H.R. 6796 would also require the FTC to hire an additional 500 employees, including 80 “technologists,” 80 “sociotechnical experts,” and 15 constitutional lawyers. Some committee members indicated that the legislation would increase the size of the FTC by nearly one-third, an arguably large expansion of government.
But the proposed FTC beef-up is modest compared to investments made by private enterprise. Facebook has reportedly invested more than $13 billion on safety and security efforts since 2016 and now has over 40,000 employees or contractors assigned to content moderation. And still, some reports say that Facebook makes over 300,000 content moderation mistakes a day. It’s hard to imagine the FTC having technical knowledge or expertise that Facebook lacks.
The challenges involved with content moderation are sure to continue and evolve. Facebook is taking steps to close the purported divide in combating disinformation, and it is not an easy task. What is the best way to accomplish this? No one knows. But it’s clear that the federal government is not the entity best suited to do so.
The Surveillance Advertising Float
Surprisingly, New Orleans prohibits nearly all display and use of advertising during Mardi Gras parades. That means no branded beads, koozies, or stadium cups can be thrown to attendees. Fortunately, the discussion of surveillance advertising did not take such a staunch approach. However, no cookies were thrown by this float.
Surveillance advertising, also called targeted or behavioral advertising, directs personalized ads to specific users based upon prior online activity and other personal information. This is often done using cookies. The word “surveillance” does sound scary and nefarious, but it’s difficult to pinpoint the exact harm that legislators are attempting to remedy or prevent. Ads can be annoying. That’s why New Orleans banned the practice on Mardi Gras floats. The ads distracted from the cultural and sometimes religious significance of the holiday. To quote the 2010 film, The Social Network: “Ads aren’t cool.”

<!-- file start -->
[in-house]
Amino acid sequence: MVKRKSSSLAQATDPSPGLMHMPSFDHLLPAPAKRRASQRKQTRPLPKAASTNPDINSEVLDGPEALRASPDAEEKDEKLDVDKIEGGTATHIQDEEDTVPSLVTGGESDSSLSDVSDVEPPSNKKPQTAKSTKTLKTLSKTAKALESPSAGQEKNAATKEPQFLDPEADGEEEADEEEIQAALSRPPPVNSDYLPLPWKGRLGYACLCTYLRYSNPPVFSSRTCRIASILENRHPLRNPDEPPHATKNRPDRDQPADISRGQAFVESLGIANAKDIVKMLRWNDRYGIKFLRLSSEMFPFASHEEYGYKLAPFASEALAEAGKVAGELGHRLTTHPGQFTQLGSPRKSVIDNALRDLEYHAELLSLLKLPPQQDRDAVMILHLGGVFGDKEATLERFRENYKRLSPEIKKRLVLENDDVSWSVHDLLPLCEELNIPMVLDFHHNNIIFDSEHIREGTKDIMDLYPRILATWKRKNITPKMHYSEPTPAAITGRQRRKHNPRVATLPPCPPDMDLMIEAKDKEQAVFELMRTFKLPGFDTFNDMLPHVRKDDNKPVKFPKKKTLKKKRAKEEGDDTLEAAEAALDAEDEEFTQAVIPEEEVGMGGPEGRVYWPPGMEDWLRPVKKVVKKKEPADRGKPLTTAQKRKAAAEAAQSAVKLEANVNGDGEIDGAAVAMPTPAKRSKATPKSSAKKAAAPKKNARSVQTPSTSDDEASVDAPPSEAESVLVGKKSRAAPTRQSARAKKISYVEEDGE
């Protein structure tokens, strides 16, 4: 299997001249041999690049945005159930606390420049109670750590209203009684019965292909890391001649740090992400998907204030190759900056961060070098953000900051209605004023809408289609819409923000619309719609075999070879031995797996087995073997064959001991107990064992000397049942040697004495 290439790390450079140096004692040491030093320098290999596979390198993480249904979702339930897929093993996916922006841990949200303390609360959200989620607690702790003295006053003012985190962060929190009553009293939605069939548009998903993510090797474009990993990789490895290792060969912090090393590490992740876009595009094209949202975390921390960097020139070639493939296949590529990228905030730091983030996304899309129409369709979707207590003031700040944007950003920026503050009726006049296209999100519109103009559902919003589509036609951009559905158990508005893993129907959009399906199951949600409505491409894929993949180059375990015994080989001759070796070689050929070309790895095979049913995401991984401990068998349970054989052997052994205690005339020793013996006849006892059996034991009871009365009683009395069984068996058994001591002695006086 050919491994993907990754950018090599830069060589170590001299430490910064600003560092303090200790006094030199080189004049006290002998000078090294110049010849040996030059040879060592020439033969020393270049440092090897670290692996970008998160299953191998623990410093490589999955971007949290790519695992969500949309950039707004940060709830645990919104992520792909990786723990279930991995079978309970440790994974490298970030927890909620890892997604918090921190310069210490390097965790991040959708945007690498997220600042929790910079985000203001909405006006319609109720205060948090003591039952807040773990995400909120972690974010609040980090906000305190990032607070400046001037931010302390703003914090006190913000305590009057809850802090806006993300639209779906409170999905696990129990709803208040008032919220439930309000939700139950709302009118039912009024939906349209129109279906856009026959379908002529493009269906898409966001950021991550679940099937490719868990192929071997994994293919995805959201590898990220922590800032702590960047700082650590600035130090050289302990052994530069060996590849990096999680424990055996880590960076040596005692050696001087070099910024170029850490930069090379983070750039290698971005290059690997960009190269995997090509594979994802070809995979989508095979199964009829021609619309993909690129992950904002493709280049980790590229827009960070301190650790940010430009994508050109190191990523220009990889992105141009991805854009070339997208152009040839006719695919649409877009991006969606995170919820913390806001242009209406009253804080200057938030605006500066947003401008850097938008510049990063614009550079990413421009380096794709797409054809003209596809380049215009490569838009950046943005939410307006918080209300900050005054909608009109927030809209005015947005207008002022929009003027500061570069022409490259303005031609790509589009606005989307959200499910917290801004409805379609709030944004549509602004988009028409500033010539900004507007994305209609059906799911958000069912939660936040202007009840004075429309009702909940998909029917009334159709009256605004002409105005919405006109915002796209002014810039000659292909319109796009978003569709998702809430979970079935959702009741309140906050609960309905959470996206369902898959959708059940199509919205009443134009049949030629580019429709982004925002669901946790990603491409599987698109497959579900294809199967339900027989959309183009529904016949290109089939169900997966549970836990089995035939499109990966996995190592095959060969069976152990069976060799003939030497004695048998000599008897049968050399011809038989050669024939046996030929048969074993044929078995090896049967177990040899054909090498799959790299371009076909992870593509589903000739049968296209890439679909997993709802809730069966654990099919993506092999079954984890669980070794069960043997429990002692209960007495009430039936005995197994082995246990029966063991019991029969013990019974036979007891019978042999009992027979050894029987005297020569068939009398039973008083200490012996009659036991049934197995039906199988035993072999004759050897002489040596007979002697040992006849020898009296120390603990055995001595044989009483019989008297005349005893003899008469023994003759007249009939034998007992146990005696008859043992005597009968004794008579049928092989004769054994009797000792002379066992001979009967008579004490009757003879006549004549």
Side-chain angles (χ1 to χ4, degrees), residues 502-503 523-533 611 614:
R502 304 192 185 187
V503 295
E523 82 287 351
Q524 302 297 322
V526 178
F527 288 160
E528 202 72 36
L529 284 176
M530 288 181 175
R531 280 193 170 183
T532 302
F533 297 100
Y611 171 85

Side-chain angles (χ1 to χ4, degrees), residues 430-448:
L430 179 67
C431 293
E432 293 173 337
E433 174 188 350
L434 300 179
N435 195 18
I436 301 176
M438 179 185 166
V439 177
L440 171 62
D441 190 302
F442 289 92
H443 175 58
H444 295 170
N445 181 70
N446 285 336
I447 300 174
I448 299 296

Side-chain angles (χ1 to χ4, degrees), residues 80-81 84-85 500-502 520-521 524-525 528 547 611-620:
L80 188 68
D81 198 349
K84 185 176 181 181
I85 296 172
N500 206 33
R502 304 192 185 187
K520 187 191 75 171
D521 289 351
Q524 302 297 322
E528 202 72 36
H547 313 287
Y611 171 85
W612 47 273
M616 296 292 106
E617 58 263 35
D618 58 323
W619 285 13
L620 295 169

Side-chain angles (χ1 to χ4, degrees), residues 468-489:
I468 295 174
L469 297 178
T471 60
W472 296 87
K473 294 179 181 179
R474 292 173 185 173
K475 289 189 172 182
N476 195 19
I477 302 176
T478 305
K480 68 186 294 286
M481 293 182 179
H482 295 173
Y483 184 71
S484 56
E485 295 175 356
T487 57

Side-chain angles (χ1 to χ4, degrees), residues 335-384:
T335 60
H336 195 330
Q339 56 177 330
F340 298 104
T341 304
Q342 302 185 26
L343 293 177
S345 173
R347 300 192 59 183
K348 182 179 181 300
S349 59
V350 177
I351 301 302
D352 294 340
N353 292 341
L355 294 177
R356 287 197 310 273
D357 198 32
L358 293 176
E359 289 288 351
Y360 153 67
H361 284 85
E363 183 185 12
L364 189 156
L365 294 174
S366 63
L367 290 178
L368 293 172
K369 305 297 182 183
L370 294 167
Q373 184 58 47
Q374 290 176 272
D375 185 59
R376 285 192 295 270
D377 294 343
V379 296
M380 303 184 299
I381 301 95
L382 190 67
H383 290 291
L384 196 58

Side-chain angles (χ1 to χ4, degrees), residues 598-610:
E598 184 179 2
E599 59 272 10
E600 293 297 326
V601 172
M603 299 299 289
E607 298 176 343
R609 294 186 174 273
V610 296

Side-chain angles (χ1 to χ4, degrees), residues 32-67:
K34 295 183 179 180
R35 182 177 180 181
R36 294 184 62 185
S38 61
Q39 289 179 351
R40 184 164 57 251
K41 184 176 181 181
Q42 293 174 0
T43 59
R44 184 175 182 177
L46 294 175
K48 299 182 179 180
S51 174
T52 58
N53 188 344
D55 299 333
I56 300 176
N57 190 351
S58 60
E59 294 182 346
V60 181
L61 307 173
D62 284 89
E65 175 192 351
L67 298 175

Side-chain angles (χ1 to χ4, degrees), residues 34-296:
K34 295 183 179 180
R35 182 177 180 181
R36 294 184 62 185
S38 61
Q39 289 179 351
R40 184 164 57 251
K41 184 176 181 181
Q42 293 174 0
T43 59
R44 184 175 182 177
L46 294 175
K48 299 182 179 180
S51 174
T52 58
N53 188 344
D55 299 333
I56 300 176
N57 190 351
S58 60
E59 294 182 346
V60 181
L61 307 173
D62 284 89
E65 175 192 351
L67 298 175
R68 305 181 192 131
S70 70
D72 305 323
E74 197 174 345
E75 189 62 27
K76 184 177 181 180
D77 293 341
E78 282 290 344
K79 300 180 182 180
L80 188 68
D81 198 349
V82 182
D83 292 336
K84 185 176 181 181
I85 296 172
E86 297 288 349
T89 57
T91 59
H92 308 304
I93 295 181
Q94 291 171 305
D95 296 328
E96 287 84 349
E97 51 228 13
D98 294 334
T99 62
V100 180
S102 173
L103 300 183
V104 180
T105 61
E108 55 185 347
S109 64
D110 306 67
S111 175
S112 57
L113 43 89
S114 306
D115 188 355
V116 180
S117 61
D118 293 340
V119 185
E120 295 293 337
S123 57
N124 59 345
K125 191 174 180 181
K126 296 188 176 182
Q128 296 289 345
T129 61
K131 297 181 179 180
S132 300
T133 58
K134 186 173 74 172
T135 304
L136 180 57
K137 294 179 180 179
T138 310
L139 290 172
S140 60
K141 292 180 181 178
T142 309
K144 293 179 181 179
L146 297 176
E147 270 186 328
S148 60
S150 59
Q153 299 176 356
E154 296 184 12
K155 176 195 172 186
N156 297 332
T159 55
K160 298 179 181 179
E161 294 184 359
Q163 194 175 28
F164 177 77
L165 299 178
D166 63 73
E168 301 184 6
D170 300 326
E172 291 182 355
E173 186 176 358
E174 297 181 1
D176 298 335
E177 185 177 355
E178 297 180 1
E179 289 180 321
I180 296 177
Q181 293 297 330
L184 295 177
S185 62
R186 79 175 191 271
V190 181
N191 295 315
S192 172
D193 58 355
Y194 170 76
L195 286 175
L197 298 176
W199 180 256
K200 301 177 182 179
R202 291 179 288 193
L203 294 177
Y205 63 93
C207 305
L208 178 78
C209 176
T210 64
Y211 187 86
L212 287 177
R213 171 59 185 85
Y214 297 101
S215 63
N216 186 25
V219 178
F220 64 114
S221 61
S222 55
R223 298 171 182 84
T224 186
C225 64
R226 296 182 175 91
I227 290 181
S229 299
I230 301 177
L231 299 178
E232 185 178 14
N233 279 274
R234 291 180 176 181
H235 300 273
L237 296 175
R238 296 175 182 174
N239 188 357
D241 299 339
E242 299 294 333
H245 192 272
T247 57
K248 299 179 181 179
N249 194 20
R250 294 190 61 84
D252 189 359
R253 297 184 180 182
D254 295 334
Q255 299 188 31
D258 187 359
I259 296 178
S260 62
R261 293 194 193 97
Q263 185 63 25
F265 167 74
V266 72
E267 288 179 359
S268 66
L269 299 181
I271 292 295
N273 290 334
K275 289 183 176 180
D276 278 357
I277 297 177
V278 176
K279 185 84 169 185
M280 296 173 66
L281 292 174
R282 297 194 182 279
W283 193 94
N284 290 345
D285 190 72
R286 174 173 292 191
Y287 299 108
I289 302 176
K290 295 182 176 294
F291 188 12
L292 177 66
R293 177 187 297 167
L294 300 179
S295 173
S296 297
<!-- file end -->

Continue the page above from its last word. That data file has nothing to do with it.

The concerns surrounding behavioral advertising are nothing new. However, privacy between consenting parties is not something for Congress to legislate. Rep. Anna Eshoo (D-CA) waded into the hearing to speak about her legislation, the Banning Surveillance Advertising Act of 2022 (H.R. 6416).
My bill does go after the root of the social media problem, which is a toxic business model. Critics say there can’t be an Internet economy without surveillance ads. They’ve really poured it on. … But I view it another way. And I think so does DuckDuckGo, because it’s a counterexample.
The search engine DuckDuckGo was heralded throughout the hearing for its privacy-based business model, and presented as what should become the standard. The company should be commended for its splash in the search engine space. Founded in 2008, DuckDuckGo describes itself as a “privacy technology company” that offers “seamless protection from surveillance ads by blocking trackers.” Since then, it has become the fourth largest search engine in the U.S., with over 3 billion searches a month globally.
Rep. Eshoo is correct on one point. DuckDuckGo is a “counterexample.” Most importantly, it’s an example of a free market solution. It provides an alternative, and consumers choose to use it. The playground game Duck, Duck, Goose has a purpose: choice. The Banning Surveillance Advertising Act of 2022 would eliminate that choice and make every search engine like DuckDuckGo. And what would be the point of playing Goose, Goose, Goose?
This Mardi Gras parade was not the jolliest of celebrations to occur this past Fat Tuesday. And, perhaps fortunately, it was not the most consequential. But it does signal lawmakers’ ever-increasing focus on large technology platforms and their business models.